The film is divided into two parts, the first following Saroo’s harrowing experience as a five-year-old (played by Sunny Pawar) when he becomes trapped on a train and ends up lost and alone in the teeming city of Kolkata, 1600km from his home.
Unable to speak the language, he survives as a beggar, and after several narrow escapes from enslavement he ends up in an orphanage, which to Australian sensibilities seems more like a prison. Fortunately, Saroo gets away from the orphanage through being adopted by Tasmanian Sue and John Brierley (Nicole Kidman and David Wenham).
In the second half of the film, we follow adult Saroo (Dev Patel) as he is drawn into what becomes an obsessive quest to find his birth family, with the help and support of his girlfriend Lucy (Rooney Mara).
Lion is an Australian production, adapted from Saroo Brierley’s memoir A Long Way Home by the deft screenwriting of Luke Davies and skilfully directed by Garth Davis, whose most recent project was co-directing the TV series Top of the Lake with Jane Campion.
There is much to appreciate while watching this film. Greig Fraser’s cinematography is superb, with the Kolkata scenes of urban poverty powerfully evoking Saroo’s feelings of alienation and loss. Lion is visually stunning cinema, and Davis perfectly balances Fraser’s shots of sweeping aerial landscapes of both India and Tasmania with striking close-up work of the main characters.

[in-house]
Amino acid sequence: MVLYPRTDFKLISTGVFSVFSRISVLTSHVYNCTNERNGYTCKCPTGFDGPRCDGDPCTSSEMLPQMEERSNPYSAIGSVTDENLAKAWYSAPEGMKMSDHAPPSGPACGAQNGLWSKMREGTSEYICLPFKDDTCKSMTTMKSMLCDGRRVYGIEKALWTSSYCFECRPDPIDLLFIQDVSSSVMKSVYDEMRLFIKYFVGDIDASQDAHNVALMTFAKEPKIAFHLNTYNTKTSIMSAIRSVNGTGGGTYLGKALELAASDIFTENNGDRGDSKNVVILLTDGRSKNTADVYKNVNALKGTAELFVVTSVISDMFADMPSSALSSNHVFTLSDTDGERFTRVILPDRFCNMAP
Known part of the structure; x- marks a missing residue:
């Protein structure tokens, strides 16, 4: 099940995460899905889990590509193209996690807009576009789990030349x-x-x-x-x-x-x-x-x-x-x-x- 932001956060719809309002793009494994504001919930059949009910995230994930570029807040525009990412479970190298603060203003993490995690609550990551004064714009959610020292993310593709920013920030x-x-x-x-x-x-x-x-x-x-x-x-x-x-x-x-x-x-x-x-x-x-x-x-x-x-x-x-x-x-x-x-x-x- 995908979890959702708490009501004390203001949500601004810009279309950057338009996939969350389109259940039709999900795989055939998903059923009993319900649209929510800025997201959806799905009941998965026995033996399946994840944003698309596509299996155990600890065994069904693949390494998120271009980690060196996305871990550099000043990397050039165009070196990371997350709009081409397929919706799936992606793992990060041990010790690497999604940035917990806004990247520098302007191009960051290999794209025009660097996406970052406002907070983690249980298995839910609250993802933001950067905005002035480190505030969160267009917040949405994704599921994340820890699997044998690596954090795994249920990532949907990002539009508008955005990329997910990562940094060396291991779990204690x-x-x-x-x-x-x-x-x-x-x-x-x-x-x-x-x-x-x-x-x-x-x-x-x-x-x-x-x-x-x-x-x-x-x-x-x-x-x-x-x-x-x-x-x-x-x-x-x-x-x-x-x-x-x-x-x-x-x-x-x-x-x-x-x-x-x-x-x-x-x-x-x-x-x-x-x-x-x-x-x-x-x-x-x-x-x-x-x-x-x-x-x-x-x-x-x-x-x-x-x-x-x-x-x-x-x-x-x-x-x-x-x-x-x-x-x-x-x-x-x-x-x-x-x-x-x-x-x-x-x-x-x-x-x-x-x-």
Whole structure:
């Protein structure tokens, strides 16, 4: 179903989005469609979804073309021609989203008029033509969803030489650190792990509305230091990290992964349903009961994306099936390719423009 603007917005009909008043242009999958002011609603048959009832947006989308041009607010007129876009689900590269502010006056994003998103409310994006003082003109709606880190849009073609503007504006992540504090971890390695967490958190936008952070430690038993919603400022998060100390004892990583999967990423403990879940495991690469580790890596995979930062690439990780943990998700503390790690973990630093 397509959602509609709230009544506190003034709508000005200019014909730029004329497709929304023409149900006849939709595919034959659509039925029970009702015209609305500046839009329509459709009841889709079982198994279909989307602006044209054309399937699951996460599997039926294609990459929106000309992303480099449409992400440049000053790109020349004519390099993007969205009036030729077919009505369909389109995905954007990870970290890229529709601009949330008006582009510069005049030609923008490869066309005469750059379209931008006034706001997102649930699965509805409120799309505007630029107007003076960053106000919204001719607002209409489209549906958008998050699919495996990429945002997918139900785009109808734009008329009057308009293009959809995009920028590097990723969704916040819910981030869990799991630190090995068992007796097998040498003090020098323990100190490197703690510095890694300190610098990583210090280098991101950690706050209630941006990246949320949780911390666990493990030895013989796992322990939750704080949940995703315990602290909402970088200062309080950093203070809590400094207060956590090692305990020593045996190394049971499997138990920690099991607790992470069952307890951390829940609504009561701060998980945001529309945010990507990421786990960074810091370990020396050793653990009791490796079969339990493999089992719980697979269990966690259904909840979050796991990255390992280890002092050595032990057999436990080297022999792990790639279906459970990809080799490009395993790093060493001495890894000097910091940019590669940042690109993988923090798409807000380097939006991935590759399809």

The exquisite score manages to tread the line between being emotive and dramatic without falling into schmaltz.
But the standout element of the film is the performance of Sunny Pawar. He is simply astonishing, lighting up the screen with his presence. The Indian cast is brilliant, especially the actors playing Saroo’s brother Guddu (Abhishek Bharate) and mother Kamla (Priyanka Bose), but Pawar’s performance makes even Dev Patel’s mastery of the Australian accent pale by comparison.
With such a storyline it would be easy for the film to tip over into sentimental melodrama. Davis exercises incredible cinematic control, managing to dramatise Saroo’s loss of cultural identity and internal conflict with subtlety and nuance.
The film’s final scenes might feel a little predictable, but overall Lion is an admirable example of the way a personal story can shed light on broader issues such as identity, poverty and global inequality. I defy anyone to see this film without needing to break out the tissues.
Originally published by InDaily 29.01.2017